Dal LaMagna, a Poulsbo, Wash.-based entrepreneur, says anyone can do it – if they go about it the right way.
He speaks from experience. LaMagna launched personal beauty-tool company Tweezerman in 1980 with $500, built it into a multimillion-dollar international company and sold it in 2004. He is also the author of Raising Eyebrows: A Failed Entrepreneur Finally Gets It Right.
A microbusiness is a business with one to five employees. A sole proprietorship is technically a microbusiness. The best part is it can be started with a few hundred dollars if overhead and operating costs are kept low.
Thinking of giving it a go? LaMagna offers the following helpful tips:
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Pursue something you love and that also offers lucrative market potential. If a strong market doesn’t exist for your product or service, it may not be worth the effort.
Be frugal. Don’t spend money you don’t have and don’t buy anything you don’t need. During your first year in business, all revenues should be turned back into the business. Only spend money on essential business tools, such as essential technology. Anything that enhances and expands your business is a worthwhile expenditure. The primary goal is building cash flow and reserves at the same time. Grow your business one day at a time.
Balance efforts three ways. Think of your business as a triangle consisting of three important functions: Sales, production, and control of your business. Spend equal amounts of your time, energy, and resources on each of these three functions. From January through April, it might be prudent to aggressively beat the bushes and build a solid client/customer base. May through August, concentrate on fine-tuning your services and mining your market niche. And September through December, concentrate on setting up accounting and computer systems in order to monitor workflow. Whatever systems you create, the idea is to set achievable goals that build the business.
Find free or inexpensive equipment. Many items needed to start and run a small business are available for free or at minimal cost. Friends or former colleagues may have a computer or printer they want to get rid of or sell at a fraction of what they paid.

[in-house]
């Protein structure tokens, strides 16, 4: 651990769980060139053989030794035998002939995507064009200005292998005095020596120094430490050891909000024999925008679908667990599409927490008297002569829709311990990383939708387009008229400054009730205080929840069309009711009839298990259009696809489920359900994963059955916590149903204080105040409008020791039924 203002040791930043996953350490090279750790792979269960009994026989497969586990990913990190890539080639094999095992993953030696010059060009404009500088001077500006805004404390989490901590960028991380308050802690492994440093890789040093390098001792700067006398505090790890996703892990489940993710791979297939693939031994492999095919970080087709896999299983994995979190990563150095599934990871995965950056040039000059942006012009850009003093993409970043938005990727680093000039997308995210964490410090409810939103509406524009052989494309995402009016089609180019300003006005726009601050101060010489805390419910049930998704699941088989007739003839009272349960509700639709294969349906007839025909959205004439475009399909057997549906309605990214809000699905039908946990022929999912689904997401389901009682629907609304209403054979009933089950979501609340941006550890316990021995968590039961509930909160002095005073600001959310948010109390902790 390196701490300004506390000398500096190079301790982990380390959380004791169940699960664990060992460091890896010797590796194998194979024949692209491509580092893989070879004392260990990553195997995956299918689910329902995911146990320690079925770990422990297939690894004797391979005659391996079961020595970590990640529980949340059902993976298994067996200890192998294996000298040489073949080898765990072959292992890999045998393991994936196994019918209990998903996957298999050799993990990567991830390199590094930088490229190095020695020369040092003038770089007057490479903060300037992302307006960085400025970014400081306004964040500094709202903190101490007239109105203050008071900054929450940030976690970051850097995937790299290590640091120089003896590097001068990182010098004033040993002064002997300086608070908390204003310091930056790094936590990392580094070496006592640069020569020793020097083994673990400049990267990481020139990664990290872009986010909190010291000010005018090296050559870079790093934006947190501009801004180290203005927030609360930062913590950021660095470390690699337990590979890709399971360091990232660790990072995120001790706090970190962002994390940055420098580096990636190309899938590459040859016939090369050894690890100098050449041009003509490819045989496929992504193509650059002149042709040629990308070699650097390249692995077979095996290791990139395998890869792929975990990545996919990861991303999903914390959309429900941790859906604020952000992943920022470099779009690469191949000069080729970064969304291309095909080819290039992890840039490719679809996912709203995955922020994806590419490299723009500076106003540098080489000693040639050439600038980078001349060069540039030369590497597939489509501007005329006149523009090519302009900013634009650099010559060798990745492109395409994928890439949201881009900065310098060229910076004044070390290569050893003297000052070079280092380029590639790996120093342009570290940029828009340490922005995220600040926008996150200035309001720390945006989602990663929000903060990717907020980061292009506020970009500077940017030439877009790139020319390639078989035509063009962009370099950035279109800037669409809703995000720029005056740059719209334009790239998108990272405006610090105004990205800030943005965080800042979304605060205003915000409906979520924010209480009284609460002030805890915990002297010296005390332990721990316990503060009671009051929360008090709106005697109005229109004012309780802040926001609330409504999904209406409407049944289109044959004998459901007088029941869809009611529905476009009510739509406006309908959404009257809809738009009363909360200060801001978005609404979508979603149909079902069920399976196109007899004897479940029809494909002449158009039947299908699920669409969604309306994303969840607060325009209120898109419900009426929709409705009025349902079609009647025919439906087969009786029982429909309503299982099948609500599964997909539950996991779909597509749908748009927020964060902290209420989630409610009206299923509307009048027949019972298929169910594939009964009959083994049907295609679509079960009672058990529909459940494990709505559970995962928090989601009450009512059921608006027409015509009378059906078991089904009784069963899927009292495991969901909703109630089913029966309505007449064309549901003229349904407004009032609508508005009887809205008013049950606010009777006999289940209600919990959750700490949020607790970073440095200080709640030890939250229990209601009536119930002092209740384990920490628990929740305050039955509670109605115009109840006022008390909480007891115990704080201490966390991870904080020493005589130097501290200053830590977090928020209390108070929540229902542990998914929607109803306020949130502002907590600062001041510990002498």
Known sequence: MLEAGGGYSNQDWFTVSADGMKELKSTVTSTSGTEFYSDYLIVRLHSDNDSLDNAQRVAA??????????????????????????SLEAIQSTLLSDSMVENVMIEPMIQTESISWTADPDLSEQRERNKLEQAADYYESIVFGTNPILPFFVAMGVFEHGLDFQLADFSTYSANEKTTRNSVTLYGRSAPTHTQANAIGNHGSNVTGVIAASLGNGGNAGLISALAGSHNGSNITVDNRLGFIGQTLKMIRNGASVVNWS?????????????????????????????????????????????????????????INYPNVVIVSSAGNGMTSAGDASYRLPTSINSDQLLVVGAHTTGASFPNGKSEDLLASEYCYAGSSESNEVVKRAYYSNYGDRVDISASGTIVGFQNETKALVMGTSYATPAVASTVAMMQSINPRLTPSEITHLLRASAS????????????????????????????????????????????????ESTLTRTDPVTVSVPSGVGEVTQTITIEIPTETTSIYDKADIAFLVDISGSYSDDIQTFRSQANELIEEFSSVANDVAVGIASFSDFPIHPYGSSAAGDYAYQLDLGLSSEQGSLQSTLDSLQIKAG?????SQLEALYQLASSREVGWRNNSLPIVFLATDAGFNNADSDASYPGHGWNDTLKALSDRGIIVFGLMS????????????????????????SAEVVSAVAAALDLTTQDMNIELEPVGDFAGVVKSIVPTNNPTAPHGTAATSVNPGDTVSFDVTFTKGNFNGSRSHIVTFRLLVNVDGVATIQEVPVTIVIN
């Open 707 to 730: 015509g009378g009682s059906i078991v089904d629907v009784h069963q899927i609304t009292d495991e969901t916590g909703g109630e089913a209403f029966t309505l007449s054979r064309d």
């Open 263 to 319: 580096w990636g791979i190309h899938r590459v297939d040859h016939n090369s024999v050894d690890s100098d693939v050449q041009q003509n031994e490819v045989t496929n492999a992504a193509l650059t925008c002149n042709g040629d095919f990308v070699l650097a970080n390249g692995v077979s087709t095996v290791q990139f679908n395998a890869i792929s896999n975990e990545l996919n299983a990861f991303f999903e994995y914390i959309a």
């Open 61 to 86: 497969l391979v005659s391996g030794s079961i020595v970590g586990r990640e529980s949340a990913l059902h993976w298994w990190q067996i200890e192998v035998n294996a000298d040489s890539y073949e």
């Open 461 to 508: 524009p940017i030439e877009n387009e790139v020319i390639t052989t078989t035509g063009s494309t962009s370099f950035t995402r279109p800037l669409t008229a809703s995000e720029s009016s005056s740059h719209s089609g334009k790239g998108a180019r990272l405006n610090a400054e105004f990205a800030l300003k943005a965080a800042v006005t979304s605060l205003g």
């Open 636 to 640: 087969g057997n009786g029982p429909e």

If purchasing equipment or technology, consider refurbished products. Refurbished (also called reconditioned and remanufactured) computers are as good as new ones right off the assembly line. When it comes to buying technology products, the prevailing myths are that new means best, state-of-the-art, and often top-of-the-line products, and refurbished means tarnished, second-best and mediocre. Unfortunately, consumers and small business owners believe these myths, which is a testament to the incredible job legions of copywriters have done in brainwashing buyers.
Every year, companies introduce new desktop and laptop lines. Yet, the changes are minor and mostly cosmetic. The notion of upgrading technology yearly to boast owing the newest technical gadgets on the market is ridiculous, not to mention an outrageous waste of money.
Typically, refurbished computers are less than a year old, which means they’re practically brand-new. The difference in buying refurbished over new translates to huge savings – sometimes price tags are cut in half.
Technology equipment is refurbished for a number of reasons. Possibly, the computer was returned because it didn’t work properly. Often, the problem was nothing more than a cosmetic defect, such as a small ding on the monitor or the computer’s housing. Or it could be that a customer received the wrong model but had already opened the box. The computers are refitted with different parts, if necessary, and tested and approved for resale by the manufacturer.
Get it in writing. Clients often assume that they don’t have to sign an agreement or contract with a very small business. This simple step not only makes you look professional but it also avoids hassles if there is a disagreement or misunderstanding about the precise nature of the work performed, along with when payment is expected.
Stay focused. Concentrate on doing what you do best. If you specialize in a specific industry, stick with making a name for yourself within that industry. Once a reputation is built, consider branching out in new directions.
Dana Wilson is a freelance writer.
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